It Took Me 11 Years To Edge Lawn Perfectly



I do most of the landscaping on my property myself due a few reasons. One – I enjoy the exercise, two – I get a sense of satisfaction when the lawn, shurbs and plants look great and three, I got tired very fast of fixing someone else’s poor landcaping jobs.

But, one item that gave me a lot of trouble was using a line edger to cut perfectly straight lines in the mulch and flower beds. My work never quiete looked great. It looked amateurish for a long time. Through error and just simply doing it week after week for 11 years, I can edge the lawn in perfect lines. Not a week, a month or a year. 11 years!

You get a sense of flow and know how when you repeat a task for over a decade while trying to improve the task each time. At this time I can out-edge most “pro” landcapers I see driving around.

I decided to share that because it can provide a good lesson to music students. You won’t learn to play the instrument or learn a challenging riff, or a song in a day. To perfect something it took me 11 years of once every two week action. Remember that.

Why Your Ego Is Stopping You From Learning The Guitar

Anything Worth Doing Is Worth Doing Badly. It is, my friends. In other words, we have to be willing to suck in the beginning if we are going to progress to the level of mastering something. Many people are not willing to be novices anymore. Young kids? Yes, they are kind of OK with that, because they are leaning new things all the time. They are young, lots of stuff is new. Early on in their life they are used to not being good at things. And, this is why they will bang on the guitar for months until it sounds good more often then not. Eventually, trough trail and error, they get the sound they want.

Now, adults are a different animal. Adults have done things, have seen things and they often expect that new things they learn to also come easy. They are afraid of getting their ego bruised if they suck. Not being good at anything first is actually step 1 on the journey to getting something right. You keep going. Just as a parent who does not give up on their child when they are learning to walk, you also try again. I have never seen anyone who could not play good basic guitar. I have never seen anyone whose fingers were too short, too long, too stubby, too whatever. And, I taught 1000s of people. Parents encourage their children to practice walking versus giving up because the first few steps were shaky.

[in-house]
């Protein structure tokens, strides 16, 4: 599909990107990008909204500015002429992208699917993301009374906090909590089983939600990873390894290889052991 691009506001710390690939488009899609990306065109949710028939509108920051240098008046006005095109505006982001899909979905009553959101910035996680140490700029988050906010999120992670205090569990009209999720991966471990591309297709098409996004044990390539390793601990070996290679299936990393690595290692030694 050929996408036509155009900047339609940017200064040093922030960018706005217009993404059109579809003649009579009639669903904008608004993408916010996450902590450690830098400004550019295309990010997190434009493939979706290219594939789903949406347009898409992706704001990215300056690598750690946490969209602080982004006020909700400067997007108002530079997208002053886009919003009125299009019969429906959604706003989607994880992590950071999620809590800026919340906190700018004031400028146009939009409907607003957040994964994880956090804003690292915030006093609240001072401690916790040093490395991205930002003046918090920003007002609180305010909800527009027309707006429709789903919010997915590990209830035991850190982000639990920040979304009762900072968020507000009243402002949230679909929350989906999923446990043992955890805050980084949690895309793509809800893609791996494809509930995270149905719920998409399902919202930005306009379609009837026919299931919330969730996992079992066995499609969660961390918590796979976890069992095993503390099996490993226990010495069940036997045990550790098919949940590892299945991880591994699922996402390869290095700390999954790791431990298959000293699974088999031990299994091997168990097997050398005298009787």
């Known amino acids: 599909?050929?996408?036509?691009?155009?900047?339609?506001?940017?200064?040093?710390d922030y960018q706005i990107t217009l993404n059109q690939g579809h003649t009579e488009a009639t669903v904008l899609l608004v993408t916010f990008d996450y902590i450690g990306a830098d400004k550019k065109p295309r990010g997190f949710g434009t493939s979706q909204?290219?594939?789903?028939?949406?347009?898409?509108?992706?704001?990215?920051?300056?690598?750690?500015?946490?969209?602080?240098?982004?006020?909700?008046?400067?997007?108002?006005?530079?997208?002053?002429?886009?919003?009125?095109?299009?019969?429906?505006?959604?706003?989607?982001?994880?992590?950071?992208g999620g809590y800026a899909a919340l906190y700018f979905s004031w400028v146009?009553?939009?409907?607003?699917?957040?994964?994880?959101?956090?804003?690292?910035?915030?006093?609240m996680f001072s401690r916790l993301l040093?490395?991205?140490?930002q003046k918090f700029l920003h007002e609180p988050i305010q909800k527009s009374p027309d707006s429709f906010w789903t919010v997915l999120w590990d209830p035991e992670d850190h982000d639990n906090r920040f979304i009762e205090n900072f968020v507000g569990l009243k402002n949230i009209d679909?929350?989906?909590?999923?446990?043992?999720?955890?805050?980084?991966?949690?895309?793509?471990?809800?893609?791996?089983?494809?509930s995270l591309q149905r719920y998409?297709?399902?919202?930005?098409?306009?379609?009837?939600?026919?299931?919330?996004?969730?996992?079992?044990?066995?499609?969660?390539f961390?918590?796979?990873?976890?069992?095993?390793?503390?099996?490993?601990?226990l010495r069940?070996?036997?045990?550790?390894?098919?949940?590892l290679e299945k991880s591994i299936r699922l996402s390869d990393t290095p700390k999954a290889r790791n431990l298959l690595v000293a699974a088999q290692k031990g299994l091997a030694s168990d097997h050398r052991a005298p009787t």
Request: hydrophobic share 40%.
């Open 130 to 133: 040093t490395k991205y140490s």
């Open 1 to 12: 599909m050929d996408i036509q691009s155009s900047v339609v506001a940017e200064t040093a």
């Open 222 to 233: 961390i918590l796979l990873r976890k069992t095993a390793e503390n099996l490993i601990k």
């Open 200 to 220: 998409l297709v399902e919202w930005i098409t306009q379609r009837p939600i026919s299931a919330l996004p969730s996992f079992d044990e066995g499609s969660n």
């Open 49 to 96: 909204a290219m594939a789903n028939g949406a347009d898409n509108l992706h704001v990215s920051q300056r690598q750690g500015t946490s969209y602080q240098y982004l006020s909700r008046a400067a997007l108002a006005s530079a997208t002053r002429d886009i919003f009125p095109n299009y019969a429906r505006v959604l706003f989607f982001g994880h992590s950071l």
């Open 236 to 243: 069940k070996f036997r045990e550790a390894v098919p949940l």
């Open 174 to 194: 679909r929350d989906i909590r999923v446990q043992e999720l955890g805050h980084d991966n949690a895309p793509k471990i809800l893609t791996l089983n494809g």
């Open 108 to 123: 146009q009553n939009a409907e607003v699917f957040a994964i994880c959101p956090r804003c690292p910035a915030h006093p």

So, remember, if something is hard to get right, that is a very necessary step to go through. I also call that success tax.

Choosing New Instrument Missions In The New Year



And, we are in 2021. What’s in a New Year? After all, our days continue, but the numbers on the calendar change. Exactly right. It is a reminder that 2020 is done, over with, good bye. It is time to pack up your green holiday stuff around the house, put in the basement or attic, and get your action right for 2021.

I prepared a little exercise for you. This is important. And, I really suggest you check it out.

I want you guys to get a single blank piece of paper, get a marker or a pen and write down 4 things you want to get done with your guitar playing this year. Of course, this can apply to any instrument. Be realistic. Give me items that contain a little stretch where it will take work, but ones that will give you a chance to accomplish them. I’ll give you a hint, for guitarists, one of them should be mastering notes on the fretboard. Then, what else? Write a song and put it on Spotify? Jam with a drummer at least 4 times? Learn all the Randy Rhoads modes so you can play them in your sleep?

And, lastly I want you to write down 3 things (or, a sentence) as to why you started to play the guitar in the first place? Was it because it made you feel good? Was it because it gave you a sense of doing something cool, or important with your time? Was it because you were able to find friends and others who “got” what you were about? There definitely are reasons as to why you strarted playing. What are they?

It is important to realign with your original mission as to why you started playing the instrument in the first place. Maybe you are doing it still doing it for the same reasons, or maybe the reasons have changed or drifted away? If you started to play as a way to relax after a long day at work and you still enjoy playing the guitar every night for a half hour, then maybe, you are still accomplishing your original goals. New licks will always challenge you, but knowing that you are doing what you originally set out to do will put things in perspective. And, probably enable you to learn new licks and techniques easier, too. There are many other benefits to doing this exercise.

And, yep, I do the same thing as well. I have a white board in my office where I plan out stuff. It really helps.